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Old 12-03-2013, 12:23 PM
 
Location: New Jersey
2,257 posts, read 5,191,260 times
Reputation: 1877

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Quote:
Originally Posted by sexygeography View Post
It won't be long before anyone whose parents can't afford to put them in college will have no choice but to be homeless, try to claim disability, turn to crime, or become prostitutes.
I see! So if one's parent can't afford to send them to college, one shouldn't? What about working after high-school, saving for a year or two, and go to a community college? That model doesn't exist anymore? Children of poor parents should become criminals or prostitutes?

I personally know tens of international students who came here with less than $5,000 to do their Masters that would actually cost them over $40,000 over 2 years. How do they do it? They work on-campus, take side jobs, charge fees to their credit cards and put themselves through school. They graduate in 2 years, get a job and pay off their loans in under a year. If they can do it, anyone should be able to do it.
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Old 12-03-2013, 12:45 PM
 
28 posts, read 65,361 times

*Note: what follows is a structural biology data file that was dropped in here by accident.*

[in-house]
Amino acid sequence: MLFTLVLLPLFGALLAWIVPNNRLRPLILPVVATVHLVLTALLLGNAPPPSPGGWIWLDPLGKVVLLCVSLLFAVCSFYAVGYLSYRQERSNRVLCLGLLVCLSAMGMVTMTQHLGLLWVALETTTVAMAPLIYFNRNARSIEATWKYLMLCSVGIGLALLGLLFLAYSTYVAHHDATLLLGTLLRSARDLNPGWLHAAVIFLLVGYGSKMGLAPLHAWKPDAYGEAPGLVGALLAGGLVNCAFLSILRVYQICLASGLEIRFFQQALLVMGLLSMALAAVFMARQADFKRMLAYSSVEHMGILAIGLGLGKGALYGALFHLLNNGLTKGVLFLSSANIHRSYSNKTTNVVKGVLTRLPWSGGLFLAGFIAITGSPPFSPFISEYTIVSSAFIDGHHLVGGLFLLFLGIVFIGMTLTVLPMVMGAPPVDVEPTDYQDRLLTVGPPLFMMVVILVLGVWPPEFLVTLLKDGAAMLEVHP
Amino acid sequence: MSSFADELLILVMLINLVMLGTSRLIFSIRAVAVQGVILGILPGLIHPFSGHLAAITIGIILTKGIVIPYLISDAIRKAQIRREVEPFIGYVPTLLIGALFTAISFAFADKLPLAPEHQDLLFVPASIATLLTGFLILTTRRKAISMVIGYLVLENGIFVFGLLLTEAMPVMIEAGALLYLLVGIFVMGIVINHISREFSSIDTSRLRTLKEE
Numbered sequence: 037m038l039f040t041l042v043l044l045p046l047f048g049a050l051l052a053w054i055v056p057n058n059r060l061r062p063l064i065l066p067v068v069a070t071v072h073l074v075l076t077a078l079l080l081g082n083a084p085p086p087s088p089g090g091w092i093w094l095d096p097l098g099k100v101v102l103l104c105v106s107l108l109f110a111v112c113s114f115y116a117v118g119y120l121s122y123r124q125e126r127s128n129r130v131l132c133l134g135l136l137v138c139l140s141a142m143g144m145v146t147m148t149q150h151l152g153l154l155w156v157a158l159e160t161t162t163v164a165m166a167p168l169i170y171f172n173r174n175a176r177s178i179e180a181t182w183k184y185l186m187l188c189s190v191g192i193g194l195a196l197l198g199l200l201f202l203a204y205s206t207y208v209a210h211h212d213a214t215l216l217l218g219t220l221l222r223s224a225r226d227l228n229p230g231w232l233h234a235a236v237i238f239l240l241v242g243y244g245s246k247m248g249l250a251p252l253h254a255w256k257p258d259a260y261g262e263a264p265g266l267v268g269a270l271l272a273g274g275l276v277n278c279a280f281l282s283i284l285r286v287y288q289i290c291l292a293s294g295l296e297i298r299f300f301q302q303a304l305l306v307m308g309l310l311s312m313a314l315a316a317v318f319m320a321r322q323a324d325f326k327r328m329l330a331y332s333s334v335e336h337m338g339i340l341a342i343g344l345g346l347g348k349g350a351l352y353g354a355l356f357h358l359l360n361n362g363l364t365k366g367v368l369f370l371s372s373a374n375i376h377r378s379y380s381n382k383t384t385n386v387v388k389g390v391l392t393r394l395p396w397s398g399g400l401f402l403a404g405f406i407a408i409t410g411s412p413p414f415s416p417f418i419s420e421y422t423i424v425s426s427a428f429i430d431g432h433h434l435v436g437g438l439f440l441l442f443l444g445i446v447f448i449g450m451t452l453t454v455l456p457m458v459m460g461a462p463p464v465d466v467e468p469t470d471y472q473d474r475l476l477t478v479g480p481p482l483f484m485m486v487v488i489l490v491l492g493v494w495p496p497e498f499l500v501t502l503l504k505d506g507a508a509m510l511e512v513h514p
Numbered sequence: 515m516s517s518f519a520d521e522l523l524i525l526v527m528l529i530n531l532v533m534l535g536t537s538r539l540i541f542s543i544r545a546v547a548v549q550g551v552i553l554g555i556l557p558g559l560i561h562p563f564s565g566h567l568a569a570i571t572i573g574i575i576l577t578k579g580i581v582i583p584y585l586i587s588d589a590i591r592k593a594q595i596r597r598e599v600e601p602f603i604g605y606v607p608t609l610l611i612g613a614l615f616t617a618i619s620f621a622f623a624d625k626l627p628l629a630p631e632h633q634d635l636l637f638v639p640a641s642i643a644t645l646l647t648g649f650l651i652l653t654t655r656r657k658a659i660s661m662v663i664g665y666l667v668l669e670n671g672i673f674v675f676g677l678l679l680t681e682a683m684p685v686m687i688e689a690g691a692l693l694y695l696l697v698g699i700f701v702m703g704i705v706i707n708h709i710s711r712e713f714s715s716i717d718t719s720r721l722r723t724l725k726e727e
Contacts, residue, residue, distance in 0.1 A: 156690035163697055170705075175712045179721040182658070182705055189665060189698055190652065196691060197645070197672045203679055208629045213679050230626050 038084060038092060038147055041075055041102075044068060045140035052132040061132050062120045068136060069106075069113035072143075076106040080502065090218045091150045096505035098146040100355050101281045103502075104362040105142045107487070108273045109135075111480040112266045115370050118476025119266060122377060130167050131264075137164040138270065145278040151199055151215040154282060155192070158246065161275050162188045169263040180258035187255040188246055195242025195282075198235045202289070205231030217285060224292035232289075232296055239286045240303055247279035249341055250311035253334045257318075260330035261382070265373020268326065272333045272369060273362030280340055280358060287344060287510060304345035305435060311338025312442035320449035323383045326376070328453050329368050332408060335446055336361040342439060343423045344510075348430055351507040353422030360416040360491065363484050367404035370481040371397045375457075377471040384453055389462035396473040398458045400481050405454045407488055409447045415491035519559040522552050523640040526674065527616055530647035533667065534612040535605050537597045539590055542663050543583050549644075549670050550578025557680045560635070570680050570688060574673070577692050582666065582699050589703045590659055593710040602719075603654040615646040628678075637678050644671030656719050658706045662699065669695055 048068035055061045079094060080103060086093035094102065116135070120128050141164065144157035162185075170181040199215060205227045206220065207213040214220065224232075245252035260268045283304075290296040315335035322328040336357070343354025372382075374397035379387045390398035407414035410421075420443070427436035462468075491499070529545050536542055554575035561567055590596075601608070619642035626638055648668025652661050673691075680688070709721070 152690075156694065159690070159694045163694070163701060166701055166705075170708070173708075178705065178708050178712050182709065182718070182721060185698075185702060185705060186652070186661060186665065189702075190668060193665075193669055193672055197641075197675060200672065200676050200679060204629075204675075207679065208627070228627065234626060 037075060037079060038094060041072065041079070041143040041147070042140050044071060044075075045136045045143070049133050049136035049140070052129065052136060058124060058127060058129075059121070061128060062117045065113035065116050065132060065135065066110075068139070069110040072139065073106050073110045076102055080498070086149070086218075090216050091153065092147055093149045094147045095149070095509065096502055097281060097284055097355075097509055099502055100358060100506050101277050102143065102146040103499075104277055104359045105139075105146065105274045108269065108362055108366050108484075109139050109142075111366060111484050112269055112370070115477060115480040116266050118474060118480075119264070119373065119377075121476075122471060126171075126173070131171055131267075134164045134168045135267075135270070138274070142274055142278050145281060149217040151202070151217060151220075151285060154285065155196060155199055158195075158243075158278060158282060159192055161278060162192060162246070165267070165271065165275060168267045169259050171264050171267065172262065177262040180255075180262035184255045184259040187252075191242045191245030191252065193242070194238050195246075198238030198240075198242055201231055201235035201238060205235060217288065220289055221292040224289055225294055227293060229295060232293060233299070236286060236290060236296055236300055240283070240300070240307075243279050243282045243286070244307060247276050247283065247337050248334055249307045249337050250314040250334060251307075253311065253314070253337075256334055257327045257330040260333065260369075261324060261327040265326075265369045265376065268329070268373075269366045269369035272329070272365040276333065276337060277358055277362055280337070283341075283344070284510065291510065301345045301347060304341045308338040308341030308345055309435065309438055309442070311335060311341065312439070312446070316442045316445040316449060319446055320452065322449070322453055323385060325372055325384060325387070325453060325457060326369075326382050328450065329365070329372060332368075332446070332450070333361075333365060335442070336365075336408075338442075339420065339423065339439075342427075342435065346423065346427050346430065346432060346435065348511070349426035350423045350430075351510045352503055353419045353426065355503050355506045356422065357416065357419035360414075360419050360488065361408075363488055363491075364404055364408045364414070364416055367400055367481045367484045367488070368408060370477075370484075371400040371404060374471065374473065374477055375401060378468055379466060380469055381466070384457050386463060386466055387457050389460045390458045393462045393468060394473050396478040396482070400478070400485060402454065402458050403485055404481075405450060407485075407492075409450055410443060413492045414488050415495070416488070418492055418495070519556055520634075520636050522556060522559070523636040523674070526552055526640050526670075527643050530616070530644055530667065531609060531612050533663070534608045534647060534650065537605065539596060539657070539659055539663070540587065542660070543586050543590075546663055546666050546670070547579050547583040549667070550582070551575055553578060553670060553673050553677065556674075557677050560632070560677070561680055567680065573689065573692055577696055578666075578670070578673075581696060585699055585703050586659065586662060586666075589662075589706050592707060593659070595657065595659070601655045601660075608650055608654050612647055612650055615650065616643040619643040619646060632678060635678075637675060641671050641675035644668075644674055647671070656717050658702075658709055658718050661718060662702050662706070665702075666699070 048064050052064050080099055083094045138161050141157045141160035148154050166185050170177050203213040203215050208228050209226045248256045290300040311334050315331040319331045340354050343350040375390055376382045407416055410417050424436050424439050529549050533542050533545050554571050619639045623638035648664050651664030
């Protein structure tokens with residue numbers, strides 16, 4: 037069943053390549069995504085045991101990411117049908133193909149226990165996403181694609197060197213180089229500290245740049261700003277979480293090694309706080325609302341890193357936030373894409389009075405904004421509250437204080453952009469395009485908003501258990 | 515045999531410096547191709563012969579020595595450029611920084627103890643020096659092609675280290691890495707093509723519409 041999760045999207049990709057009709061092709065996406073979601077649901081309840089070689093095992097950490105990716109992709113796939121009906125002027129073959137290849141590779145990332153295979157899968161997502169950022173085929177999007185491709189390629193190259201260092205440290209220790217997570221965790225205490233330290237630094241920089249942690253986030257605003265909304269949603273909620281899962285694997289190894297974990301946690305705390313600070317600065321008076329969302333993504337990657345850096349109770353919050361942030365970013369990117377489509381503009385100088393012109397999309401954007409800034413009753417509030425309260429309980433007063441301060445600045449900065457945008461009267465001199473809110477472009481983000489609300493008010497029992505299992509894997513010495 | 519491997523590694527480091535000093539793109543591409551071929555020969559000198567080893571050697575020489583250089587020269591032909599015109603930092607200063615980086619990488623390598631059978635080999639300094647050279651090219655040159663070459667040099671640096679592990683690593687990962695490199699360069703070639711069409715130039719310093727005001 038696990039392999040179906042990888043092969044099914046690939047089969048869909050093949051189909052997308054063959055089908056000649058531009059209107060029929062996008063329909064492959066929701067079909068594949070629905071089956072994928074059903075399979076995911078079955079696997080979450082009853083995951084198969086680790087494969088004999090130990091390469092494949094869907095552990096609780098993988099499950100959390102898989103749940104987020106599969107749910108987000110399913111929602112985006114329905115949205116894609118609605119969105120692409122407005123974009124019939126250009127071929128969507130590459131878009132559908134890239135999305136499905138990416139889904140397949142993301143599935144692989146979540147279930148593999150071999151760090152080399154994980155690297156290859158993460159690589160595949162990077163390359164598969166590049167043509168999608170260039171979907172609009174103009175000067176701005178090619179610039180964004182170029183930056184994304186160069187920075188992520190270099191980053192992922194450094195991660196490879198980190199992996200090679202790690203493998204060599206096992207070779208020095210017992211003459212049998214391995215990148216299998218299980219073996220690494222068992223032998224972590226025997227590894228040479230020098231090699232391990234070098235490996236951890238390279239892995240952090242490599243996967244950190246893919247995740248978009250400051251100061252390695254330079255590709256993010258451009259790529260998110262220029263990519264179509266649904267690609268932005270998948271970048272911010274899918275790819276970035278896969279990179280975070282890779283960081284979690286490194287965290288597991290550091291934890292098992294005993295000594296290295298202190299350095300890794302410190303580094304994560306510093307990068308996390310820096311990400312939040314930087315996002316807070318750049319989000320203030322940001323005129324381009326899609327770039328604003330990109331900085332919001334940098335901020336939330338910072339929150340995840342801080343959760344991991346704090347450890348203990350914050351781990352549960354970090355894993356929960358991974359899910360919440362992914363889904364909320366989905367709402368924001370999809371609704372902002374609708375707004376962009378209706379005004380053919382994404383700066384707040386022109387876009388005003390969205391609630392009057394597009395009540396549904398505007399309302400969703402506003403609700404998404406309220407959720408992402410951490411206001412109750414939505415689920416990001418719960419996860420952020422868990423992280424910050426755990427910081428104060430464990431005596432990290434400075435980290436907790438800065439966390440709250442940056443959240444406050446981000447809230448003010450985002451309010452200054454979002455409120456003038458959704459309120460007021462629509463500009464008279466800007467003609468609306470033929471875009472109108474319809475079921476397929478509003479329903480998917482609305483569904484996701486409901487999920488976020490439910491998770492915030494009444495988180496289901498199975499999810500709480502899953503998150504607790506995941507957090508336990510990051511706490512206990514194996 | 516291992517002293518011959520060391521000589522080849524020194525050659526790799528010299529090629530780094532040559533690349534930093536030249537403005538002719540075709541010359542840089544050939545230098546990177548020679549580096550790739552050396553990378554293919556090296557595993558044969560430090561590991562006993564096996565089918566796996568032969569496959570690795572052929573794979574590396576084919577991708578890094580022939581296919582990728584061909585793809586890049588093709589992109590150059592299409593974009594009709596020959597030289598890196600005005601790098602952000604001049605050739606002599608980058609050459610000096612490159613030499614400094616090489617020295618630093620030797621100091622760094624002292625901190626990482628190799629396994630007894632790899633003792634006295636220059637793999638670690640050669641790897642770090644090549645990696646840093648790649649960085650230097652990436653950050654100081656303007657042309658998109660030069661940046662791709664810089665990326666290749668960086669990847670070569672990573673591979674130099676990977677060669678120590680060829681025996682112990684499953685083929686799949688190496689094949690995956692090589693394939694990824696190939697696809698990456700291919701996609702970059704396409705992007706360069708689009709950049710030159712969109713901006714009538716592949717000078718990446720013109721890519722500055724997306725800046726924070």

Reputation: 27
Quote:
Originally Posted by davenj08 View Post
I see! So if one's parent can't afford to send them to college, one shouldn't? What about working after high-school, saving for a year or two, and go to a community college? That model doesn't exist anymore? Children of poor parents should become criminals or prostitutes?

I personally know tens of international students who came here with less than $5,000 to do their Masters that would actually cost them over $40,000 over 2 years. How do they do it? They work on-campus, take side jobs, charge fees to their credit cards and put themselves through school. They graduate in 2 years, get a job and pay off their loans in under a year. If they can do it, anyone should be able to do it.
1) On-campus jobs are limited.
2) Charge fees? Yes, they GO INTO DEBT.
3) They better hope what they're studying has a good job market.
4) Not everyone can go into tech or medicine.
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Old 12-03-2013, 01:26 PM
 
Location: New Jersey
2,257 posts, read 5,191,260 times
Reputation: 1877
Quote:
Originally Posted by sexygeography View Post
1) On-campus jobs are limited.
2) Charge fees? Yes, they GO INTO DEBT.
3) They better hope what they're studying has a good job market.
4) Not everyone can go into tech or medicine.
1) On-campus jobs are limited - sure, but if one is willing, they find one. how about the on-campus cafeteria doing dishes or working in facilities? And if you read my post carefully, I did mention "side jobs" as well.

2) Charge fees? Yes, they GO INTO DEBT. - again, if you read my post I mentioned most pay off their loans within a year after graduation. That implies two things - first, they find a job or are willing to relocate/do whatever they get out of school; second, they make saving their priority so they can pay off the debt. Debt is not always a bad thing. Mortgage is a debt too but almost everyone takes it. Similarly, tuition is a cheap dept with potential of high returns.